If that day should come we will be spared the embarrasment of watching a group of Canadian fraudsters (Conrad Black) be tried in the United States for frauds perpetrated as much in Canada as in the United States.
Stpehen Sibold, a former chair of the Alberta Securities Commission gropes toward the right answer in a column today in the Globe and Mail (reproduced below)that suggests that the time has come to criminalize securities fraud in Canada and to deal with it through the Criminal Code rather than through provincial securities regulations. This would have the effect of giving the Federal government the power to create the crimes. Unfortunately, due to the divided nature of our criminal law system, this would leave the provinces in charge of investigating and prosecuting the law breakers -- a job which they have demonstrated themselves manifestly incapable of doing effectively. Furthermore, to be entirely effective, it is hard to see how the criminalization of some of the more sophisticated types of securities misdeeds (insider trading, false statements in a prospectus, tipping) could be effectively criminalized without being closely coordinated with securities regulation.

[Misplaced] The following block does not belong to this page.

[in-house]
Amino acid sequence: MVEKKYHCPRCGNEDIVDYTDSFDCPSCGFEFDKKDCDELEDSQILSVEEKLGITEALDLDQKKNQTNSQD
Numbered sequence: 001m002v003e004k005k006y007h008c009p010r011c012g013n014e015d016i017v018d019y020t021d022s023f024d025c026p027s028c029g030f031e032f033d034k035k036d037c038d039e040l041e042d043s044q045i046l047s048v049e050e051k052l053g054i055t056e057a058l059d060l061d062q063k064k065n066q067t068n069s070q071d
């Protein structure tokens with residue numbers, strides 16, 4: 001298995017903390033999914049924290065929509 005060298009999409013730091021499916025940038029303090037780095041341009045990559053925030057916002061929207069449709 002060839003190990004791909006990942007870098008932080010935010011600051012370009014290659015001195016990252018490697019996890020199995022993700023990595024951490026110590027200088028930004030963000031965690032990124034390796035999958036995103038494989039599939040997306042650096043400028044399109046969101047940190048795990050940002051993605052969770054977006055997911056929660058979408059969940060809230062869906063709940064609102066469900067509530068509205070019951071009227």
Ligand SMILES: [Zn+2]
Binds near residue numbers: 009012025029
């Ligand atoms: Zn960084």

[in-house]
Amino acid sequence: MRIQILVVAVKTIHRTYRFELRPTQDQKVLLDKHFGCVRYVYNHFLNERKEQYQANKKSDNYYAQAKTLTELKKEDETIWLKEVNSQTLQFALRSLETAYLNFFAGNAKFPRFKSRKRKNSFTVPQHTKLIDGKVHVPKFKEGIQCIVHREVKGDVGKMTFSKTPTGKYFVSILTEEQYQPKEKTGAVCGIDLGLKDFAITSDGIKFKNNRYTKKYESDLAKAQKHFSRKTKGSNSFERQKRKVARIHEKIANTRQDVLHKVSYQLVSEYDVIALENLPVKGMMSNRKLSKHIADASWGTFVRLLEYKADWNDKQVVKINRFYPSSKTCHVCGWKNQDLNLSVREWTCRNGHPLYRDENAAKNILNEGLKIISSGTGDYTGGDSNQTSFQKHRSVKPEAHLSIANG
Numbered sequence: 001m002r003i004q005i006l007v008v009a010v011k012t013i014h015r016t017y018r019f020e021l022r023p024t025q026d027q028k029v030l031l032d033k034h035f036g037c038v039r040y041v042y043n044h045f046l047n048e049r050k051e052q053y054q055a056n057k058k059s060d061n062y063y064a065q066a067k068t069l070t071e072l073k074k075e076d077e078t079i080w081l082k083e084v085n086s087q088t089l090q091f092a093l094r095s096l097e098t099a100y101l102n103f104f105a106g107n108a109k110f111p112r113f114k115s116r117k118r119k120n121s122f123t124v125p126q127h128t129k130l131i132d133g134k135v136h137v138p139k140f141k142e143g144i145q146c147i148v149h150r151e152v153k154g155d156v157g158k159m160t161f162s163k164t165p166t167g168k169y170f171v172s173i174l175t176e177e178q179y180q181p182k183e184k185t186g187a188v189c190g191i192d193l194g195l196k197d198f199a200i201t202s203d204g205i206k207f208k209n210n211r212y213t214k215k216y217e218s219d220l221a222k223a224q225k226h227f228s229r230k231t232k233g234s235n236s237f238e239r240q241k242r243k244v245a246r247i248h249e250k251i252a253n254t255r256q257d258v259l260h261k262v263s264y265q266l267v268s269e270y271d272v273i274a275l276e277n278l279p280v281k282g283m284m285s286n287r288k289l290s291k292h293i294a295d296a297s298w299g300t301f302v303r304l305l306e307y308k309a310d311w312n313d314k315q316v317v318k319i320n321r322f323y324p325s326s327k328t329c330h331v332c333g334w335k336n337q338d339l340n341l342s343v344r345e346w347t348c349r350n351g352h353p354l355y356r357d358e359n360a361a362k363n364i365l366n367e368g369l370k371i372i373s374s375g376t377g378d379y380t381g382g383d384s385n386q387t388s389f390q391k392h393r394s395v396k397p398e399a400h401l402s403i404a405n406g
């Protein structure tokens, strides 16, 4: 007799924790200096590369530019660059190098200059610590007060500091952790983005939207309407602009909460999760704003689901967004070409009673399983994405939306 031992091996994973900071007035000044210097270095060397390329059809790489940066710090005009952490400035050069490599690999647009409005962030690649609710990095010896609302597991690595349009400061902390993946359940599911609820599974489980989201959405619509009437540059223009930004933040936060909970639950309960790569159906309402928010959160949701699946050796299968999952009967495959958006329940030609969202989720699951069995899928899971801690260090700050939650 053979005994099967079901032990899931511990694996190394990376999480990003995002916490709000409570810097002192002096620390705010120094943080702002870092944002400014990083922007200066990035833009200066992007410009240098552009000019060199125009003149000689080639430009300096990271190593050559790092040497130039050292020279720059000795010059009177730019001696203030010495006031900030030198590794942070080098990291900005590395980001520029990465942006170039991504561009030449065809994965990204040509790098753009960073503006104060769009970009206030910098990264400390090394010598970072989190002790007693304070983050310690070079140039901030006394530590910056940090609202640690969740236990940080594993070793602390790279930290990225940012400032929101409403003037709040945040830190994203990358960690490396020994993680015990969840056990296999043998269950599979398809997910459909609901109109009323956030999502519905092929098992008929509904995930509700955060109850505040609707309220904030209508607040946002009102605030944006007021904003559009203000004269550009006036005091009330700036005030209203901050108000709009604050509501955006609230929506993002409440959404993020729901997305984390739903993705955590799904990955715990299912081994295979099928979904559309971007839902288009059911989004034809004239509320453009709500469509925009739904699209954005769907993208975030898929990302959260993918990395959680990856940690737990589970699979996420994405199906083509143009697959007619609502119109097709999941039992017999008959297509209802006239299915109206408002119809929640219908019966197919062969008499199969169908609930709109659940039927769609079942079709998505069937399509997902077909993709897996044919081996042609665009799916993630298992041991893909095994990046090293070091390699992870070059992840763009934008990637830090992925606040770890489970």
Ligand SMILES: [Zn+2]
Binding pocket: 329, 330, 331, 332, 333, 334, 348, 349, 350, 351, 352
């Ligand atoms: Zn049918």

What would be better for everyone would be for the Federal government to announce that given the nature of the modern securities industry it was taking over the regulation of it under the power to regulate interprovincial trade and commerce as well as international trade and commerce. A national securities regulator would be established and job offers would be made to each of the current provincial chairs and a selection of senior prosecution and investingation staff. This body would be backed up by the RCMP as well as a crack team of Federal criminal prosecutors (such as those who handle major drug charges).
A bold step like this is really a no lose proposition for a conservative government: it would reduce senseless multi-jurisdictional costs for most companies; protect small investors and pension funds more effectively from fraud; and would scotch the sense that Stephen Harper has never seen a federal power he likes (does anyone remember the Alberta firewall?). Furthermore, by poaching the senior provincial staff, Ottawa would be protecting the provinces from severance pay obligations and also would bring together a group of dedicated and intelligent public servants who have shown a serious dedication to doing what they can given the limited tools their provincial masters have and can give them. Finally, even though the provinces will squawk it will actually be hard for any of them to make a coherent or interesting argument in favour of a system that only helps white collar fraudsters.